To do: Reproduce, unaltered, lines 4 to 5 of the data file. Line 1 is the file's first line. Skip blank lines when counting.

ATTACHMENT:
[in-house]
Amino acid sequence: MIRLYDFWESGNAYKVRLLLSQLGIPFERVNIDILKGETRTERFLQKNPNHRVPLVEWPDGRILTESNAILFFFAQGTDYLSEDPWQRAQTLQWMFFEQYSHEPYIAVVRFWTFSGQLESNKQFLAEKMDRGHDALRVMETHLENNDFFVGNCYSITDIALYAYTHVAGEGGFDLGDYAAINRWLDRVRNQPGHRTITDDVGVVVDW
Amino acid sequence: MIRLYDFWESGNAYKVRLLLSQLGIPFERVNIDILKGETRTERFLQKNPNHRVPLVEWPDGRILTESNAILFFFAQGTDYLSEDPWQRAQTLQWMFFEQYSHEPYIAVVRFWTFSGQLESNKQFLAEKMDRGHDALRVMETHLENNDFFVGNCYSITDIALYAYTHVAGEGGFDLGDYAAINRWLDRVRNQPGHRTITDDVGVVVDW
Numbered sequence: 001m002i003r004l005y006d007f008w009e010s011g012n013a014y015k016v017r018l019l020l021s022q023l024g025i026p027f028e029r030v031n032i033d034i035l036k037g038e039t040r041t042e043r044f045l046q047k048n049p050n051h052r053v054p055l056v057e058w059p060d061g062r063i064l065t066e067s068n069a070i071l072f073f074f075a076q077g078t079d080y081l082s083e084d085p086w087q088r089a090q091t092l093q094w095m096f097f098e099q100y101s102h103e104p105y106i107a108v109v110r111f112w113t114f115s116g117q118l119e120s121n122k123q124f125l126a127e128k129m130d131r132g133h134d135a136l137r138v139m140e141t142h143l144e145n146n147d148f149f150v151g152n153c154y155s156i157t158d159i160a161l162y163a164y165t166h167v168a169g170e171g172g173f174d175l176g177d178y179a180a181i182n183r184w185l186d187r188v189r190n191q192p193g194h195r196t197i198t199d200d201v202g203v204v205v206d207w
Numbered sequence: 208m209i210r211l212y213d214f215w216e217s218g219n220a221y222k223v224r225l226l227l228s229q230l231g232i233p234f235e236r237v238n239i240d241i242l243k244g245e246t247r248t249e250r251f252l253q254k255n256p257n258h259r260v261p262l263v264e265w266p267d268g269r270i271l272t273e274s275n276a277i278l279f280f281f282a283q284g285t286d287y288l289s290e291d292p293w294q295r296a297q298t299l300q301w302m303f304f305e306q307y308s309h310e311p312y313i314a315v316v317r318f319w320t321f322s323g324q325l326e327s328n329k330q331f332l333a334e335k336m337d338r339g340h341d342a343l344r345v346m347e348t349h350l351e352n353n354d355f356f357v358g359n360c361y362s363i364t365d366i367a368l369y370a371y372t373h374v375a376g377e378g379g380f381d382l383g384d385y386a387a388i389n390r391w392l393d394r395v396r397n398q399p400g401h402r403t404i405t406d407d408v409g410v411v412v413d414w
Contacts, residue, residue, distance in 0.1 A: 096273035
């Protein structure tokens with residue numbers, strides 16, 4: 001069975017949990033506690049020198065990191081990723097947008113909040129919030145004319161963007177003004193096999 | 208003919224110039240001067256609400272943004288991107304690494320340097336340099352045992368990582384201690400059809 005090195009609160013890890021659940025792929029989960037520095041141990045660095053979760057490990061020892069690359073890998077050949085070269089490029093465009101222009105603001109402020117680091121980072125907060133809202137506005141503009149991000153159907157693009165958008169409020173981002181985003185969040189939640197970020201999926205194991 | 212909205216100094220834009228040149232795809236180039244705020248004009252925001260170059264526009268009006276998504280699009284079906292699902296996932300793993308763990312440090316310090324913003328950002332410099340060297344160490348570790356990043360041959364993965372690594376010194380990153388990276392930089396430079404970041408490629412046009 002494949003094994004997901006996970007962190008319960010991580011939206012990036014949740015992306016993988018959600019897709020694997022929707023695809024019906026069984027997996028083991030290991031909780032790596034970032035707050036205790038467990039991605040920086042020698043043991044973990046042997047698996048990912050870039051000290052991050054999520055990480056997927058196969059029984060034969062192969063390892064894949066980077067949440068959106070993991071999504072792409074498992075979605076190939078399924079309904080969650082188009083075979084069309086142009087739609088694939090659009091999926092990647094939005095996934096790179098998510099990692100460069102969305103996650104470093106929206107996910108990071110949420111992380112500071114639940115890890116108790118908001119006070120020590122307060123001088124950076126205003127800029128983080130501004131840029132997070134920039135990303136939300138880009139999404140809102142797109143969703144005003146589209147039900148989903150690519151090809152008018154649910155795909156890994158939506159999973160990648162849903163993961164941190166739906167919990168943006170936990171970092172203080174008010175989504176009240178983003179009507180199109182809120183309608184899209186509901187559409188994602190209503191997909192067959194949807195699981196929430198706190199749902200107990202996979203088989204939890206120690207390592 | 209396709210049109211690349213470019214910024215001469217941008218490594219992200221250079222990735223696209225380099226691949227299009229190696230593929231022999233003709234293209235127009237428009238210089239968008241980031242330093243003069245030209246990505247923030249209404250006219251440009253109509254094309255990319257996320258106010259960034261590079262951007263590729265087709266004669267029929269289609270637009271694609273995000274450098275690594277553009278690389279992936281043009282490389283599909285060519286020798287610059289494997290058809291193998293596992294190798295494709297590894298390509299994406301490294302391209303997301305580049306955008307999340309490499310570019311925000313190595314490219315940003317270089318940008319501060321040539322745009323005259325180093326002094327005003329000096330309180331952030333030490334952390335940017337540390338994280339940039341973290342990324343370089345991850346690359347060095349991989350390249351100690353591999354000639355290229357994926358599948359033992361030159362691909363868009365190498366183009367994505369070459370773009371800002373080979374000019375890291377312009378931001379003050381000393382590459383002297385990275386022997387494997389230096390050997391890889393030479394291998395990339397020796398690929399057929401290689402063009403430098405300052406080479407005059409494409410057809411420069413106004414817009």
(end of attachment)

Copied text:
Numbered sequence: 001m002i003r004l005y006d007f008w009e010s011g012n013a014y015k016v017r018l019l020l021s022q023l024g025i026p027f028e029r030v031n032i033d034i035l036k037g038e039t040r041t042e043r044f045l046q047k048n049p050n051h052r053v054p055l056v057e058w059p060d061g062r063i064l065t066e067s068n069a070i071l072f073f074f075a076q077g078t079d080y081l082s083e084d085p086w087q088r089a090q091t092l093q094w095m096f097f098e099q100y101s102h103e104p105y106i107a108v109v110r111f112w113t114f115s116g117q118l119e120s121n122k123q124f125l126a127e128k129m130d131r132g133h134d135a136l137r138v139m140e141t142h143l144e145n146n147d148f149f150v151g152n153c154y155s156i157t158d159i160a161l162y163a164y165t166h167v168a169g170e171g172g173f174d175l176g177d178y179a180a181i182n183r184w185l186d187r188v189r190n191q192p193g194h195r196t197i198t199d200d201v202g203v204v205v206d207w
Numbered sequence: 208m209i210r211l212y213d214f215w216e217s218g219n220a221y222k223v224r225l226l227l228s229q230l231g232i233p234f235e236r237v238n239i240d241i242l243k244g245e246t247r248t249e250r251f252l253q254k255n256p257n258h259r260v261p262l263v264e265w266p267d268g269r270i271l272t273e274s275n276a277i278l279f280f281f282a283q284g285t286d287y288l289s290e291d292p293w294q295r296a297q298t299l300q301w302m303f304f305e306q307y308s309h310e311p312y313i314a315v316v317r318f319w320t321f322s323g324q325l326e327s328n329k330q331f332l333a334e335k336m337d338r339g340h341d342a343l344r345v346m347e348t349h350l351e352n353n354d355f356f357v358g359n360c361y362s363i364t365d366i367a368l369y370a371y372t373h374v375a376g377e378g379g380f381d382l383g384d385y386a387a388i389n390r391w392l393d394r395v396r397n398q399p400g401h402r403t404i405t406d407d408v409g410v411v412v413d414w